It was a night long to be remembered by young Samuel. If, as we read in Esther 6: 1," On that night the king could not sleep " (because the watchful God of Israel withheld slumber from the monarch in order that His people might be preserved), it is likely that, in the interests in His people's welfare, the Holy Spirit acting in the child's heart kept him awake and ready to hear and respond to that call which he was so faithfully to fulfil in the coming years. May we too watch unto prayer, standing as it were on our watchtower, to hear what God the Lord will say to us (see Heb. 2: 1).
Three times the Lord calls Samuel. If he did not at first recognize the Voice, he was at least prompt in answering, and ran to Eli, whom he supposed had summoned him. Willing child! He was faithful in that which was least, and God would entrust him with greater things - a needed lesson for us all, especially to those newly come to the faith of Christ. Be content, dear young Christian, to serve in little things; then, if He sees fit, and needs require, thy God can promote thee to more important ministry.
Though three times mistaken, Jehovah did not lose patience with His little servant. Oh that we might learn of Him in this, as in all things else, and "have patience one with another," and especially with those whom we may consider slow of apprehension.
At Samuel's third coming, Eli "perceived that the Lord had called the child." What an indirect, yet forceful rebuke to the privileged high priest through whom God had promised to reveal Himself in behalf of His people. What thoughts would fill his mind, in that God had passed him by, the ancient, the elder (to whom years should have "taught wisdom, and length of days knowledge"), and address Himself to a mere child. " Go, lie down," he says;" "and it shall be, if He call thee, that thou shalt say, Speak Lord, for thy servant heareth." "If He call thee;" was it that the rejected priest almost hoped that it was not really the voice of God ? or that He might not call again? for Eli, no doubt, feared the worst. Obediently Samuel lays himself down once more, to listen, doubtless with beating heart, to hear the Voice yet once again.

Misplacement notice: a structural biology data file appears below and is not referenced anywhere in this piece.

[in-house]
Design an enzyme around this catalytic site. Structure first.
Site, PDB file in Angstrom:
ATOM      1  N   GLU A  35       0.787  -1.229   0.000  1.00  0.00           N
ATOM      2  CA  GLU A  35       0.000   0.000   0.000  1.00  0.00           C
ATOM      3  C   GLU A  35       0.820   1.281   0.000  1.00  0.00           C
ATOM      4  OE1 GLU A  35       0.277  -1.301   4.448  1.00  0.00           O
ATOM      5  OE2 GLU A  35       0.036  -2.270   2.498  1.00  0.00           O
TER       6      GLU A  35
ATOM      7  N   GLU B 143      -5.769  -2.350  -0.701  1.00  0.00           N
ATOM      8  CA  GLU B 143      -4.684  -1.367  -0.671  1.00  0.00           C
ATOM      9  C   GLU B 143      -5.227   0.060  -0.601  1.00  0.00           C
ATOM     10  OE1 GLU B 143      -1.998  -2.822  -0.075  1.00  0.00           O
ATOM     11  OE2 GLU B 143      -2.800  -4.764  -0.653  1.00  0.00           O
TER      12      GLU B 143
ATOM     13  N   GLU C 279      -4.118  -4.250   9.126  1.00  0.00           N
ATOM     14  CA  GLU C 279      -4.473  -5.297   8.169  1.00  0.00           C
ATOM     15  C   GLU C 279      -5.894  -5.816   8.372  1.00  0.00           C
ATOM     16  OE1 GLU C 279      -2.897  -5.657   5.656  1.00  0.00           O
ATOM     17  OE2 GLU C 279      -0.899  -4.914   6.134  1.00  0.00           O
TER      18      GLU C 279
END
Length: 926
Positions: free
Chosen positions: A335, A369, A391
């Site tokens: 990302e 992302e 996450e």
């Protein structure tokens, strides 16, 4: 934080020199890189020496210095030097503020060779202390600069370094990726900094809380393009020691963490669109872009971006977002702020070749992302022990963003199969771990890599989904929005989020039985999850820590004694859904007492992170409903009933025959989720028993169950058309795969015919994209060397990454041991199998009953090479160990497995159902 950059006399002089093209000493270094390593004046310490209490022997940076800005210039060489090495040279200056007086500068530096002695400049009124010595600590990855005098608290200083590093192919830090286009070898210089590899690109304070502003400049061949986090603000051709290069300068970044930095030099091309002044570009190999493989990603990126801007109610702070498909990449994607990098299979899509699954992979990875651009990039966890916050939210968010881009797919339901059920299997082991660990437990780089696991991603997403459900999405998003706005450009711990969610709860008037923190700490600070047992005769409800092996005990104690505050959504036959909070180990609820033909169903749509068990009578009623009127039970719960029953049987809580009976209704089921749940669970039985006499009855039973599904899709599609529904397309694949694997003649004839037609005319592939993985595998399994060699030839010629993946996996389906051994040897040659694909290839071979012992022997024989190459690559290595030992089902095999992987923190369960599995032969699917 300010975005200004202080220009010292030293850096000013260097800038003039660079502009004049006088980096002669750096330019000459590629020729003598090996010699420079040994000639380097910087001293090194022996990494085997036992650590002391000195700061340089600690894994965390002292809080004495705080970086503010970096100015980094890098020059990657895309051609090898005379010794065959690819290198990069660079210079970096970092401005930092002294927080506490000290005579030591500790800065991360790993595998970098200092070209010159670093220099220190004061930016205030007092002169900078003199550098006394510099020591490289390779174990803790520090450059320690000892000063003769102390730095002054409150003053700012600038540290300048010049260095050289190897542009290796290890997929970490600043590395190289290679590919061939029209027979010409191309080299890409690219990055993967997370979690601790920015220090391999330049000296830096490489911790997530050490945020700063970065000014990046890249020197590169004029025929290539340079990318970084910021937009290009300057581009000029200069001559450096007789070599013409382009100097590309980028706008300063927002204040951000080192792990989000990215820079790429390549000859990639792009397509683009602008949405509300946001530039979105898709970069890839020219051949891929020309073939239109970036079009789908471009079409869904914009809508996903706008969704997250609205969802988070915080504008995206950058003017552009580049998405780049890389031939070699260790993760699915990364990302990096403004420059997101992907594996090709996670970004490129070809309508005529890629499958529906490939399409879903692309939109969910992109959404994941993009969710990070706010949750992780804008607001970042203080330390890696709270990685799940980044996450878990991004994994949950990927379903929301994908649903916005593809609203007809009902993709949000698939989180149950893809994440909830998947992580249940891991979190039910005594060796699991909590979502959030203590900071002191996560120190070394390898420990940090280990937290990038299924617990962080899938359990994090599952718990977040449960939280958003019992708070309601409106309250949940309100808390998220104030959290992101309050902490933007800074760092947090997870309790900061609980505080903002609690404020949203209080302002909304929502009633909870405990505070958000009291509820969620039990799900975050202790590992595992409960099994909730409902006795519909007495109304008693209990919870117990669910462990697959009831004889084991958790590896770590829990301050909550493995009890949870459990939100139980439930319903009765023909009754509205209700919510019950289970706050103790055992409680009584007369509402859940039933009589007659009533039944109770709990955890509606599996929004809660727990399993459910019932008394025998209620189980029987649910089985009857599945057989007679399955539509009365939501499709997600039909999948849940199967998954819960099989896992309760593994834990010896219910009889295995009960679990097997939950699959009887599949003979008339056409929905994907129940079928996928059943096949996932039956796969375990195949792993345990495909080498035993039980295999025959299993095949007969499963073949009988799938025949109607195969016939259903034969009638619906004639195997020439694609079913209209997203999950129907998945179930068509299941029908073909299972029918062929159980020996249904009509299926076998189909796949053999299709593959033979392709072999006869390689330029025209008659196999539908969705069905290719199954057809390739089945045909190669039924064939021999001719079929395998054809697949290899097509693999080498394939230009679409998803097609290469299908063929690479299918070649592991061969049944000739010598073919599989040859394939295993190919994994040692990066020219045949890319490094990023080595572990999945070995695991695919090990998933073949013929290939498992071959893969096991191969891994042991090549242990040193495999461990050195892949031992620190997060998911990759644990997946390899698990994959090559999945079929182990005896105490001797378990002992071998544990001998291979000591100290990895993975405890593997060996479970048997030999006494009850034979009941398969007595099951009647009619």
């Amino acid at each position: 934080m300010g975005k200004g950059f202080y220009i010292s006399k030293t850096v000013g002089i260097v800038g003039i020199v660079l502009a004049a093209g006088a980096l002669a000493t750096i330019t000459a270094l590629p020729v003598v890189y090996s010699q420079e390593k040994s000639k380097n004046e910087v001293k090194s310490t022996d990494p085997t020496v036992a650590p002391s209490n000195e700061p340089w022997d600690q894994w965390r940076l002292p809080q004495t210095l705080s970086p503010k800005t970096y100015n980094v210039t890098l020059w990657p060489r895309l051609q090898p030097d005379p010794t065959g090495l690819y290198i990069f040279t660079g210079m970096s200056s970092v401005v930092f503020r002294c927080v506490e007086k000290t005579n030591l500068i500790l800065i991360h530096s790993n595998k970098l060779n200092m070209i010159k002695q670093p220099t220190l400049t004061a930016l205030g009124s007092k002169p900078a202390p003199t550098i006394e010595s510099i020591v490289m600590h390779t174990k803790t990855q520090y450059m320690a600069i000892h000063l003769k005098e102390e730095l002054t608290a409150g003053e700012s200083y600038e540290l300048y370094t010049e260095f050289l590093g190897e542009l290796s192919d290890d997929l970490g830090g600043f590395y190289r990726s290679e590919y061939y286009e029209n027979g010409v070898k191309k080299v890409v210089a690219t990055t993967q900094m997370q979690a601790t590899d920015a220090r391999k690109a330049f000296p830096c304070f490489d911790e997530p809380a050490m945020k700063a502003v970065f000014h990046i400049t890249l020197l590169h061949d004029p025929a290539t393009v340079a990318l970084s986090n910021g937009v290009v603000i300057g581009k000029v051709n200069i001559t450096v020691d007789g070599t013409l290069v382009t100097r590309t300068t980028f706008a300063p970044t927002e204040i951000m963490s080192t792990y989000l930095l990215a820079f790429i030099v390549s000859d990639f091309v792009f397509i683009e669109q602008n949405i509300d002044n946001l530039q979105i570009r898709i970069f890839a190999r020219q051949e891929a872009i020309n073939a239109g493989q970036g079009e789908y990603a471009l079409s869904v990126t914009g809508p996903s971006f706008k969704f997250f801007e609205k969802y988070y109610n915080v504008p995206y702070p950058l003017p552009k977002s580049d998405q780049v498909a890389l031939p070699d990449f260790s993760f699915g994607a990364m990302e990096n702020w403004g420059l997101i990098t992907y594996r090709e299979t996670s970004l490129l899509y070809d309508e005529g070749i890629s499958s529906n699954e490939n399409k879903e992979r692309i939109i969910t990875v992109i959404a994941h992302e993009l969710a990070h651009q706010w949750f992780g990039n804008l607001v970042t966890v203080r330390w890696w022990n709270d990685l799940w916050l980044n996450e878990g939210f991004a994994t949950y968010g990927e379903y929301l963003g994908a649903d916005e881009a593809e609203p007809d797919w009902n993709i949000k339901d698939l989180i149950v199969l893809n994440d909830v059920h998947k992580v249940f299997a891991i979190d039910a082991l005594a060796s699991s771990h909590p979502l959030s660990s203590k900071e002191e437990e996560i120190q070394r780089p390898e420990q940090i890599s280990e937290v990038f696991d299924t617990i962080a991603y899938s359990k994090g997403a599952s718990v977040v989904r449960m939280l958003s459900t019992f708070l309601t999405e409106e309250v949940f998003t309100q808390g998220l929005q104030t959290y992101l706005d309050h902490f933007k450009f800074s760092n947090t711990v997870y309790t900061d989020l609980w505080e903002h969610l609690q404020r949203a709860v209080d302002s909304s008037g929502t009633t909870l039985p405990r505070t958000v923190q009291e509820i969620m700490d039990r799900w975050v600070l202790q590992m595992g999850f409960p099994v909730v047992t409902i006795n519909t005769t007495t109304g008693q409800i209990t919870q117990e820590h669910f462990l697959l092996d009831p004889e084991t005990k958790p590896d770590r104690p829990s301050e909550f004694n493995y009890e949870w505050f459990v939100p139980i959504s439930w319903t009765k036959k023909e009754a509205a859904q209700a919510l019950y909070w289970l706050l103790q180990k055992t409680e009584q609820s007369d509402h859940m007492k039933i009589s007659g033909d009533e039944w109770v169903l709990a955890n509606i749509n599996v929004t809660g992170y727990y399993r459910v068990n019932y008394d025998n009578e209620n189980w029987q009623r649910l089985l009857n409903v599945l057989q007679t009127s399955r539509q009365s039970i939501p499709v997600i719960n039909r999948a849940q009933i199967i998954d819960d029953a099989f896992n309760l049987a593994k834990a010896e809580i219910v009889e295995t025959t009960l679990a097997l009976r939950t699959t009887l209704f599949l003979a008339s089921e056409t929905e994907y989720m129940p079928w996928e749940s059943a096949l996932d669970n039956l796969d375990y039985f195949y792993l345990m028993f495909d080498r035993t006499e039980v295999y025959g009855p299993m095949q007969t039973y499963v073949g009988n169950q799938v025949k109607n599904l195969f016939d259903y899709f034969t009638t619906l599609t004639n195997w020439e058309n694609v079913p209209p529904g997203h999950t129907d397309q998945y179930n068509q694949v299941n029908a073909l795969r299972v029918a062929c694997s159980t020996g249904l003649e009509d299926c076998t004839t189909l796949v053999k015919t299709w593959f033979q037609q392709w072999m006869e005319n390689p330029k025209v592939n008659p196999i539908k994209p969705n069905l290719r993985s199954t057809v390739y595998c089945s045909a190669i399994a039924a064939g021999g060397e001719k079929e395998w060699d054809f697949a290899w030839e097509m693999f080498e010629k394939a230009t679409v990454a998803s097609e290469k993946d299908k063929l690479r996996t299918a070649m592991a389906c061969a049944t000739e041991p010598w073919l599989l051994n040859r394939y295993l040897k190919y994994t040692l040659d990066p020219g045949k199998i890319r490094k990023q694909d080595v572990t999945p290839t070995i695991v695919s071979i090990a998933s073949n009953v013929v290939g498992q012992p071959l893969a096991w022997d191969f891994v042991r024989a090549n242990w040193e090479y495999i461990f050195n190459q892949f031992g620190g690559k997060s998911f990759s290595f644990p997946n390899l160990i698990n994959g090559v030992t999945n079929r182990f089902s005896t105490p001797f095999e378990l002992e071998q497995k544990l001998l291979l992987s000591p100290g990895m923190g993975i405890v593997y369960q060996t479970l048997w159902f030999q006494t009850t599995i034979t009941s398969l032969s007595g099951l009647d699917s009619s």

"So Samuel went and lay down in his place. And the Lord came, and stood, and called as at other times, Samuel, Samuel. Then Samuel answered, Speak; for thy servant heareth."
Again the Lord speaks to His chosen messenger, and the fourth time calls, "Samuel, Samuel!" This time repeating the name twice.
For some reason Samuel does not answer exactly according to Eli's instructions; he omits the name "Jehovah." He may have felt unfit to take upon his lips that sacred, awful Name. Whatever the cause, we may be sure it was not disobedience to Eli.
Reverence is a trait lamentably lacking in this day of shallow smartness. There is plenty of polish and politeness, such as it is, but the ancient and estimable quality of veneration is sadly lacking.
It is in keeping with the times, the "last days," spoken of in 2 Tim. 3: 1-7.
Reverence is everywhere enjoined in Scriptrue. Children are commanded to honor, their parents (Eph. 6: 1-3). Wives are charged that they reverence their husbands (Eph. 5: 33); and as to old age, it is commanded, "Thou shalt rise up before the hoary head, and honor the face of the old man, and fear thy God: I am Jehovah" (Lev. 19: 32). Reverence to rulers is also required, as it is written, "Render therefore to all their dues... fear to whom fear; honor to whom honor" (Rom. 13:7).
Reverence towards God and the holy things connected with His name is especially to be observed. " God is greatly to be feared in the assembly of His saints, and to be had in reverence of all them that are about Him" (Ps. 89: 7). "Holy and reverend is His name," it is written again (Ps. 111: 9). "Thou shalt reverence my sanctuary" is twice commanded in His Holy Word (Lev. 19: 30; 26: 2). The growing disregard of reverence for things sacred is lamentable, and is an indication of the last days in which our lot is cast. Even professing Christians speak of God as if He were such an one as themselves (Ps. 50: 21). It is a common occurrence in the big modern evangelistic campaigns to hear God addressed in prayer as if the person praying were on very intimate terms with God, the Most High, and could approach Him as familiarly as if He were little more than themselves - in a way they would not presume to address the chief magistrate of their land. This is a very grave symptom indeed, and instead of conveying to our minds the impression that they are very intimately acquainted with God, it causes us to fear that they may not know Him at all, or that they are praying to a god of their own imagination sort of mental deity. It is noticeable that such persons almost invariably speak of, and address, the Son of God as "Jesus "His personal name. His title, "Christ," is little used, and " Lord Jesus Christ " still less.
But, some one may say, is He not called Jesus in the Bible, and is not this His proper name? True, but it no more warrants us to speak to Him thus than to address the king of England as "George," or our president as "Woodrow," though intimate friends may thus address them in private. What we contend for is reverence toward our adorable Lord - not to lay down a rule, but exhort to due reverence. We are not aware of a single instance in Scripture where His disciples, or any one else, ever addressed the Lord as "Jesus." He is spoken of as "Jesus," but that is quite another thing. "The high and lofty One that inhabiteth eternity" has ordained that "at the name of Jesus every knee should bow... and that every tongue should confess that Jesus Christ is Lord, to the glory of God the Father" (Phil. 2: 10, 11). This is the lesson we would draw from the omission of Jehovah's sacred name in the response of Samuel at His midnight call - the most important lesson of reverence toward God and His holy name.